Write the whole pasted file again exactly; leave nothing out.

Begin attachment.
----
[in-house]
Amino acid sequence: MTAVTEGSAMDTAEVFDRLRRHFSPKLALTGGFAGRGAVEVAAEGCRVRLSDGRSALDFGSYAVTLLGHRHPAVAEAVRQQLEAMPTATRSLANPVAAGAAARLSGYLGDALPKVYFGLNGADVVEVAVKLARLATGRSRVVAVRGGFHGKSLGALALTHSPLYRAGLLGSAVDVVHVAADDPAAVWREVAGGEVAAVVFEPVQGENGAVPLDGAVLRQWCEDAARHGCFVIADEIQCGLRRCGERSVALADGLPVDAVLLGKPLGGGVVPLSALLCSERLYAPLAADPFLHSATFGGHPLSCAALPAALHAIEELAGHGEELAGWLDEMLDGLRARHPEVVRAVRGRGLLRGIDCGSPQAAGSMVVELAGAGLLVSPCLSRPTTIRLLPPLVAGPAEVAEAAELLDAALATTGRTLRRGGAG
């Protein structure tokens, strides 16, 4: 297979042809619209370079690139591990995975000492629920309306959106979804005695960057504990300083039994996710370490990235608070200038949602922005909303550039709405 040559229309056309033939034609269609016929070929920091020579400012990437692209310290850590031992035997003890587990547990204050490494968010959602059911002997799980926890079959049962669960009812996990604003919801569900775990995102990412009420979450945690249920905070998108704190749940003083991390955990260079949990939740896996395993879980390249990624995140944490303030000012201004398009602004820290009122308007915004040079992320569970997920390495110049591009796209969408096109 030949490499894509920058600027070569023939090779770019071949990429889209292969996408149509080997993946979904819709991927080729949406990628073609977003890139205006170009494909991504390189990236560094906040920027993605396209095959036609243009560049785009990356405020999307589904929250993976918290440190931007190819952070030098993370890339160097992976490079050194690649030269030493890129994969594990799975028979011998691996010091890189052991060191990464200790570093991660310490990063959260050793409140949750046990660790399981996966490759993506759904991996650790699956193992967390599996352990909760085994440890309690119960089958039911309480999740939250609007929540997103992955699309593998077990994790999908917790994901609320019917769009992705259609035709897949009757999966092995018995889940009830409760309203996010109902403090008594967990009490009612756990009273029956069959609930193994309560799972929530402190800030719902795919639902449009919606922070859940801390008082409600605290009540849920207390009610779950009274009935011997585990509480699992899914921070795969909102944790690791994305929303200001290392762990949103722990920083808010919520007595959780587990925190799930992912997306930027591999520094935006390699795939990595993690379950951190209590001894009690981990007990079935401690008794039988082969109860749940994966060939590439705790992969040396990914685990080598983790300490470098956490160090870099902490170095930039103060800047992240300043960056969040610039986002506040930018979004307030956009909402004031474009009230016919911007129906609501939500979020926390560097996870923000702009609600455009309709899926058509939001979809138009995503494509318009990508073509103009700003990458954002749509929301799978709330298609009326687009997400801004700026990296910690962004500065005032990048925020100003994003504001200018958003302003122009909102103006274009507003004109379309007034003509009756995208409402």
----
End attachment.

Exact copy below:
[in-house]
Amino acid sequence: MTAVTEGSAMDTAEVFDRLRRHFSPKLALTGGFAGRGAVEVAAEGCRVRLSDGRSALDFGSYAVTLLGHRHPAVAEAVRQQLEAMPTATRSLANPVAAGAAARLSGYLGDALPKVYFGLNGADVVEVAVKLARLATGRSRVVAVRGGFHGKSLGALALTHSPLYRAGLLGSAVDVVHVAADDPAAVWREVAGGEVAAVVFEPVQGENGAVPLDGAVLRQWCEDAARHGCFVIADEIQCGLRRCGERSVALADGLPVDAVLLGKPLGGGVVPLSALLCSERLYAPLAADPFLHSATFGGHPLSCAALPAALHAIEELAGHGEELAGWLDEMLDGLRARHPEVVRAVRGRGLLRGIDCGSPQAAGSMVVELAGAGLLVSPCLSRPTTIRLLPPLVAGPAEVAEAAELLDAALATTGRTLRRGGAG
């Protein structure tokens, strides 16, 4: 297979042809619209370079690139591990995975000492629920309306959106979804005695960057504990300083039994996710370490990235608070200038949602922005909303550039709405 040559229309056309033939034609269609016929070929920091020579400012990437692209310290850590031992035997003890587990547990204050490494968010959602059911002997799980926890079959049962669960009812996990604003919801569900775990995102990412009420979450945690249920905070998108704190749940003083991390955990260079949990939740896996395993879980390249990624995140944490303030000012201004398009602004820290009122308007915004040079992320569970997920390495110049591009796209969408096109 030949490499894509920058600027070569023939090779770019071949990429889209292969996408149509080997993946979904819709991927080729949406990628073609977003890139205006170009494909991504390189990236560094906040920027993605396209095959036609243009560049785009990356405020999307589904929250993976918290440190931007190819952070030098993370890339160097992976490079050194690649030269030493890129994969594990799975028979011998691996010091890189052991060191990464200790570093991660310490990063959260050793409140949750046990660790399981996966490759993506759904991996650790699956193992967390599996352990909760085994440890309690119960089958039911309480999740939250609007929540997103992955699309593998077990994790999908917790994901609320019917769009992705259609035709897949009757999966092995018995889940009830409760309203996010109902403090008594967990009490009612756990009273029956069959609930193994309560799972929530402190800030719902795919639902449009919606922070859940801390008082409600605290009540849920207390009610779950009274009935011997585990509480699992899914921070795969909102944790690791994305929303200001290392762990949103722990920083808010919520007595959780587990925190799930992912997306930027591999520094935006390699795939990595993690379950951190209590001894009690981990007990079935401690008794039988082969109860749940994966060939590439705790992969040396990914685990080598983790300490470098956490160090870099902490170095930039103060800047992240300043960056969040610039986002506040930018979004307030956009909402004031474009009230016919911007129906609501939500979020926390560097996870923000702009609600455009309709899926058509939001979809138009995503494509318009990508073509103009700003990458954002749509929301799978709330298609009326687009997400801004700026990296910690962004500065005032990048925020100003994003504001200018958003302003122009909102103006274009507003004109379309007034003509009756995208409402």